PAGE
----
How do we know that @Megacoulomb
is in the Beaverton, OR area? That one escaped me. It would help to confirm where Megacoulomb lives. My advice parallels the others:
I am very concerned about your personal safety. I admire your ambition, but worry about your inexperience with power tools. Woodworking tools can injure you for life. Safety is about maintaining good habits, and they take time and experience to develop.
It is nice that you have access to a well-equipped woodshop, but there is more to woodworking than just tools. You need to have the owner there all the time, guiding you and keeping you safe.
I admire your ambition and confidence, but there is a learning curve. Even really smart people can't avoid that learning curve.
Imagine if you showed up on the "SurgeryTalk" website, saying that you took a two month sabbatical and want to use a friend's operating room to spend the time performing cardiac bypasses, removing a few brain tumors, reattaching amputated limbs, etc. Woodworking isn't brain surgery, but do not undervalue the hard-earned experience that the people here have acquired over their lifetimes.
I hope that the person who owns the woodshop can guide you to set more realistic goals for woodworking projects that fit your skill and experience level better, stepping up in complexity as you go. You can accomplish a lot in two months, but be realistic and stay safe!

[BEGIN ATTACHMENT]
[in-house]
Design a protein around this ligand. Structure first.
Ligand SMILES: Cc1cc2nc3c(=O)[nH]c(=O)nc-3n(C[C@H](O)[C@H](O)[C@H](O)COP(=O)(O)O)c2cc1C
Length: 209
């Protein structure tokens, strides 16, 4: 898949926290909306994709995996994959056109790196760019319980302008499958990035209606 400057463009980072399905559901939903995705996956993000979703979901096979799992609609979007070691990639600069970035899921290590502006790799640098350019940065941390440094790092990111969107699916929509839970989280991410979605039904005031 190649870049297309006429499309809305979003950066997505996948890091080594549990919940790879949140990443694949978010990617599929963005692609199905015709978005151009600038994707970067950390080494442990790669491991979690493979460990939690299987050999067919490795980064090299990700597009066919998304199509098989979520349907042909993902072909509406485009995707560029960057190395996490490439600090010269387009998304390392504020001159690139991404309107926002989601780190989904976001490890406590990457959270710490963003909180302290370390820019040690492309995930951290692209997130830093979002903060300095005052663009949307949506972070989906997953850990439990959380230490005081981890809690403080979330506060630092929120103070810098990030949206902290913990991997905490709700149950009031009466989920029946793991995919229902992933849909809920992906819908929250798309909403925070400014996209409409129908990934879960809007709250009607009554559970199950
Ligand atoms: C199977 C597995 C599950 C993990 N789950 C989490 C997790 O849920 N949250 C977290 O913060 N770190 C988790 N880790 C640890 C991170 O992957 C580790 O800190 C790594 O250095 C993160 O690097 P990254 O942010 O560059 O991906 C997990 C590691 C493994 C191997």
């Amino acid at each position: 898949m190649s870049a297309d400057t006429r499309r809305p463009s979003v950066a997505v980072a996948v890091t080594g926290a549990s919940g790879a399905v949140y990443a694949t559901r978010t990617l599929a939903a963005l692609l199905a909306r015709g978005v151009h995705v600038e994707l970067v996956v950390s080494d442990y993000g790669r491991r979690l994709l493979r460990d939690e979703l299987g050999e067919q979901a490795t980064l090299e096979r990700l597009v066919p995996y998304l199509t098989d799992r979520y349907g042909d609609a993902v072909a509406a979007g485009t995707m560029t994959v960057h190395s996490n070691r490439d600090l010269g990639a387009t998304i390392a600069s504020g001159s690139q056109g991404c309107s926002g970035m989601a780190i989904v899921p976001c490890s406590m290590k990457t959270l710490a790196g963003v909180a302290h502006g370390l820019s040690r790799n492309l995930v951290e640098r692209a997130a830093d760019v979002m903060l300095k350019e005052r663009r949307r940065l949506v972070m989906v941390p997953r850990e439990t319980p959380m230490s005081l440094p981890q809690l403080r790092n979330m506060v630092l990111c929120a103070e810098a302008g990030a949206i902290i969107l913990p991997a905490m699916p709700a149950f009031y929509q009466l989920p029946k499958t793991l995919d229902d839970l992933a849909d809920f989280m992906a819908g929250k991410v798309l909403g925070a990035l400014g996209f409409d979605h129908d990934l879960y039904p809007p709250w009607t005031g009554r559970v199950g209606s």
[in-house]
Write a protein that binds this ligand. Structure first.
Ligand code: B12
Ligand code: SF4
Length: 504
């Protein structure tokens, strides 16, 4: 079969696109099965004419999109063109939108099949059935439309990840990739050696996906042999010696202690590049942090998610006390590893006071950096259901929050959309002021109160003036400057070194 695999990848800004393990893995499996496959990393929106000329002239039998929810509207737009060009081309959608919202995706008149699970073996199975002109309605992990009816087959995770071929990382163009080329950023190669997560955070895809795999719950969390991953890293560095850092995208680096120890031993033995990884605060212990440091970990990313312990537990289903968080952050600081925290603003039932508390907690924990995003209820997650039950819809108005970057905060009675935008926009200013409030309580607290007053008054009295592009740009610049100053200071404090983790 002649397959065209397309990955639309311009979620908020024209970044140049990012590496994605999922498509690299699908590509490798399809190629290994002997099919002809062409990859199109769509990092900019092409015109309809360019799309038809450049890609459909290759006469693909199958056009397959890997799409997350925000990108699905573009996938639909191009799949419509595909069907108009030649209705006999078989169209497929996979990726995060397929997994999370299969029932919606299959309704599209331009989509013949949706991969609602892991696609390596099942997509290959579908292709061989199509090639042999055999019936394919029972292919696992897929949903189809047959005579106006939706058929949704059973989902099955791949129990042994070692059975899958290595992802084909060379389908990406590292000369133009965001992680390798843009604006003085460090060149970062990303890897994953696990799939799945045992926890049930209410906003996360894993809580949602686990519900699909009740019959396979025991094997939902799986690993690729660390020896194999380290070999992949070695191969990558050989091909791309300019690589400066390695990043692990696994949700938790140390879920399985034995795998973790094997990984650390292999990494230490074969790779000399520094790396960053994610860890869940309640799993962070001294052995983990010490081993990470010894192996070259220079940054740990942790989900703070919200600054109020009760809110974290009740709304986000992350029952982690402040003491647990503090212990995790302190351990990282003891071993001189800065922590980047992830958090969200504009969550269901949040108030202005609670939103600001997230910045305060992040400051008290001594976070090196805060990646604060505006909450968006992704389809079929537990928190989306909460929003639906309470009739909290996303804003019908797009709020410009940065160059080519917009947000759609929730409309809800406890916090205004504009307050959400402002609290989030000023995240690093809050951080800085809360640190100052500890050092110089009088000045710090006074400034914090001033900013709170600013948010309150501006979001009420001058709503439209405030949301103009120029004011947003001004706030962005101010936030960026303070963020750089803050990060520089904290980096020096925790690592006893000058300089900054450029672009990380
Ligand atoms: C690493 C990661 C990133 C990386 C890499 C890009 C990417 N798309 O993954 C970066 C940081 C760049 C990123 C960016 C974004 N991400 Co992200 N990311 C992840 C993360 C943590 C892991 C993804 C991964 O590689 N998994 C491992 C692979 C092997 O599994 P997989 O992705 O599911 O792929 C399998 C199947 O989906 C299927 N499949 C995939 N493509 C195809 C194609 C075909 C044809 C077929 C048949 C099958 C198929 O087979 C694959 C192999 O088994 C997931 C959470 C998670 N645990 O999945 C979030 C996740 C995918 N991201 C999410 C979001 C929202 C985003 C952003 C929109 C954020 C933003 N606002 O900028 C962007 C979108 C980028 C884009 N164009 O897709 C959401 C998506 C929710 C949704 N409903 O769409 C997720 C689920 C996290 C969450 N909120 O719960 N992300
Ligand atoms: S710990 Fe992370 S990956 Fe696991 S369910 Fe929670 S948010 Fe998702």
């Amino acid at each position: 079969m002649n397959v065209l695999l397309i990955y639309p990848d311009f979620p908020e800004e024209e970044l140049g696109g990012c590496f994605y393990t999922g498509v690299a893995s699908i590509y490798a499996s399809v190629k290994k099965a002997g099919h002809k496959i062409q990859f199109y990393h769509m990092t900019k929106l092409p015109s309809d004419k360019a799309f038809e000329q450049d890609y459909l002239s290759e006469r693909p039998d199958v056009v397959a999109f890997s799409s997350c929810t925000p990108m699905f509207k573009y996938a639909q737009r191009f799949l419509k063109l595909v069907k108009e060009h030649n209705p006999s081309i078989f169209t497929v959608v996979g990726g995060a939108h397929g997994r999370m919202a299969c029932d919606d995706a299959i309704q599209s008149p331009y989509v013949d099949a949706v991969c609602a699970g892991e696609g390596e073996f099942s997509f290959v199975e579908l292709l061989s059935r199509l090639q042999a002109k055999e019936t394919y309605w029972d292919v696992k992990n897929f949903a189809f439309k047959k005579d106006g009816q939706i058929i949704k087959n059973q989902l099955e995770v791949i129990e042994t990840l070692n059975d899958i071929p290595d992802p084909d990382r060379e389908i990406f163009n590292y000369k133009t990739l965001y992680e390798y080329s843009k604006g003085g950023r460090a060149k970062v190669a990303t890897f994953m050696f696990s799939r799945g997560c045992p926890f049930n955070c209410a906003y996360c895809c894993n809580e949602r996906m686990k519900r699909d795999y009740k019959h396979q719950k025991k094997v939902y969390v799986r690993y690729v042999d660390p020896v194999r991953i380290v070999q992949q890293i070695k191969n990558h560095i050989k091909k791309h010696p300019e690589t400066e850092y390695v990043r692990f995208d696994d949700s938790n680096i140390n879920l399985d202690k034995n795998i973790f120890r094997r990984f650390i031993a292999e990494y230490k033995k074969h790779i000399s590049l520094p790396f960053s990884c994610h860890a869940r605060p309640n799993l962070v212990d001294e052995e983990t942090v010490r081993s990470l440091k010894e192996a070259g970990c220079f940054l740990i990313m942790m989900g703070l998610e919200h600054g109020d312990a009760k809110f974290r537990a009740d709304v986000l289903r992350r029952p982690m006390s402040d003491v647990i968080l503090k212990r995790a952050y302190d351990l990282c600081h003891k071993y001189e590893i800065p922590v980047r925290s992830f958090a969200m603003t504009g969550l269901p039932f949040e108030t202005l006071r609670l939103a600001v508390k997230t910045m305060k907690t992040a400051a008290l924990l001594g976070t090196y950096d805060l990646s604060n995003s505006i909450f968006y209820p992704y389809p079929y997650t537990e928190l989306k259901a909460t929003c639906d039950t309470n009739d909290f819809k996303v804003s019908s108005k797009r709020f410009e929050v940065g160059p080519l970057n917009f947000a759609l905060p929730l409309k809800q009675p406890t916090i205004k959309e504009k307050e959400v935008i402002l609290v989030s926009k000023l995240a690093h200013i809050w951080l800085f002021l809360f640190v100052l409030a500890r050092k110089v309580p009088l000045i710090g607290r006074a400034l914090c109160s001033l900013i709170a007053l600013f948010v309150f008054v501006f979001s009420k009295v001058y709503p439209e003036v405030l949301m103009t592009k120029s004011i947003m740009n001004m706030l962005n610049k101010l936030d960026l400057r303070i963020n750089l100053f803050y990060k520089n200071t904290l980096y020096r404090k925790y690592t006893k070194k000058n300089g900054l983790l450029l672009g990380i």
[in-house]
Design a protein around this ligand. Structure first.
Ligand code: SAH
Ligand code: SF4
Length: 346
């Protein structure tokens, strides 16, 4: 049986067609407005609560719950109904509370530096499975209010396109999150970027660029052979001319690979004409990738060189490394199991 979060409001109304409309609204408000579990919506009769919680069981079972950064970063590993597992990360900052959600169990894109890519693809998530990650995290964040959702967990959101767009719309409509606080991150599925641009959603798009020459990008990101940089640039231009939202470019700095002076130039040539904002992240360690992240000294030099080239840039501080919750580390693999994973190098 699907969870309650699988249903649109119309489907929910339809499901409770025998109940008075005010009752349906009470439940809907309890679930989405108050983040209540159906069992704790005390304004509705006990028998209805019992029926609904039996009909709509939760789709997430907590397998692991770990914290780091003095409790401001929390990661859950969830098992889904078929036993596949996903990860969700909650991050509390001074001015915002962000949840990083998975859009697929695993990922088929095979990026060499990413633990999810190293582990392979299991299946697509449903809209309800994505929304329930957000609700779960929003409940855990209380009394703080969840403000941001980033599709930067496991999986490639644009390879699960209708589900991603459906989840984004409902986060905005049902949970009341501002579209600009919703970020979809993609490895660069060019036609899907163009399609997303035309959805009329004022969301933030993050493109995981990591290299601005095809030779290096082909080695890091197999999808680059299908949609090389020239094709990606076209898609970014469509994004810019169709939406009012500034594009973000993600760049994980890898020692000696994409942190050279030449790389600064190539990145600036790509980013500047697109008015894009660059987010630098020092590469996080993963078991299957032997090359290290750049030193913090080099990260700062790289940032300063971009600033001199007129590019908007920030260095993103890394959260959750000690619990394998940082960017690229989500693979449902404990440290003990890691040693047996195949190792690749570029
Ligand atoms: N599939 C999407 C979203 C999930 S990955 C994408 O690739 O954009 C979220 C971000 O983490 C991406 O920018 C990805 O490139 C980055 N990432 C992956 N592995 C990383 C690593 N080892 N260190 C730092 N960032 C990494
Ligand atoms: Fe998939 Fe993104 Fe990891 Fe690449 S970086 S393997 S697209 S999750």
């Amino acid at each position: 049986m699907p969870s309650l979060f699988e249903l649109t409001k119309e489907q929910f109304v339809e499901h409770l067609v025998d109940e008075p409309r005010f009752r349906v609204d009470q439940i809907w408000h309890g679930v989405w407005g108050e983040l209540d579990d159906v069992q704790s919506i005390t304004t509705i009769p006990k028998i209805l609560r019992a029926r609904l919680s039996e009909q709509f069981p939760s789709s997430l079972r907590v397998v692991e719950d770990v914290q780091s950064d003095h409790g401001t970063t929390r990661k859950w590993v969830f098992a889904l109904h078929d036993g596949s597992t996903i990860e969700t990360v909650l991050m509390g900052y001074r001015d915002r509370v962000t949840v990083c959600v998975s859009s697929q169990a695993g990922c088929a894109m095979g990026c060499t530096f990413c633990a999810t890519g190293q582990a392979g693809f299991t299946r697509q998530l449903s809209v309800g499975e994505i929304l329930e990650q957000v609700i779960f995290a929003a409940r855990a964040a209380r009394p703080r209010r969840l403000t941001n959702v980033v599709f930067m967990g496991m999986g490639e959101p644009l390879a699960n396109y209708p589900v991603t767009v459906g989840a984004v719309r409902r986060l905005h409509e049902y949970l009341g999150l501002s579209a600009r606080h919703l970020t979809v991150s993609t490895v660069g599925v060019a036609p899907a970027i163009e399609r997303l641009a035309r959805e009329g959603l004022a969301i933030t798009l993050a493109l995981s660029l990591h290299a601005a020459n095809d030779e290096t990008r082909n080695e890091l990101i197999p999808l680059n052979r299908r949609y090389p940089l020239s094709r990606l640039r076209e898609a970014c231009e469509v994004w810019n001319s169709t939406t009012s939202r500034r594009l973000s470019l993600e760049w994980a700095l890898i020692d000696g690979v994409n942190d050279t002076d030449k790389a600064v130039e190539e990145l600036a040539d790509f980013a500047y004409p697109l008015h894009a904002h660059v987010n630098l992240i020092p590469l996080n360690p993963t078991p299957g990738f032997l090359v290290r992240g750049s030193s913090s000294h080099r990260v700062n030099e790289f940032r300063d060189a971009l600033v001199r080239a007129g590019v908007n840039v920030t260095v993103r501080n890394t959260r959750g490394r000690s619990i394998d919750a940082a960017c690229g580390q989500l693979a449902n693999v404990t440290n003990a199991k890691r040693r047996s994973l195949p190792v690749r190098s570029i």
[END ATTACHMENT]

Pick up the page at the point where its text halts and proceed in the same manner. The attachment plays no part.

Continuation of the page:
SOURCES FOR QUALITY, FURNITURE-GRADE HARDWOOD:
* The big box stores like Home Depot and Lowes carry a few boards of basic hardwood at high prices.
The value of those stores is their convenient supply of construction grade lumber.
* Specialty woodworking stores like Rockler and Woodcraft have a selection of hardwood lumber at high prices. These stores carry a few boards of many species, including imported hardwoods.
The value of those stores is the advice you get from the staff. They typically stock a wide variety of hardwoods, but not many boards of each. Selection of a given species may be limited.
* True lumber yards. They vary in what wood they stock, but usually have a much larger supply of the wood they carry. They cater to professionals who know what they want and how to choose boards. They vary a lot on how much they assist (or tolerate) home woodworkers.
The value of those stores is a good selection of hardwood boards at a decent, local market price.
* Woodworking friends and clubs. Yesterday my spouse and I just picked up a bunch of hardwood in various species from a woodworking club member who was cleaning out his shop. We got maple, mahogany, and walnut boards, plus many smaller pieces of more exotic species, suitable for scroll sawing, small boxes, and turning projects. I got a very nice piece of pink ivory for turning.
The value of friends and clubs is priceless. The wood is usually a great bargain, but availability is haphazard.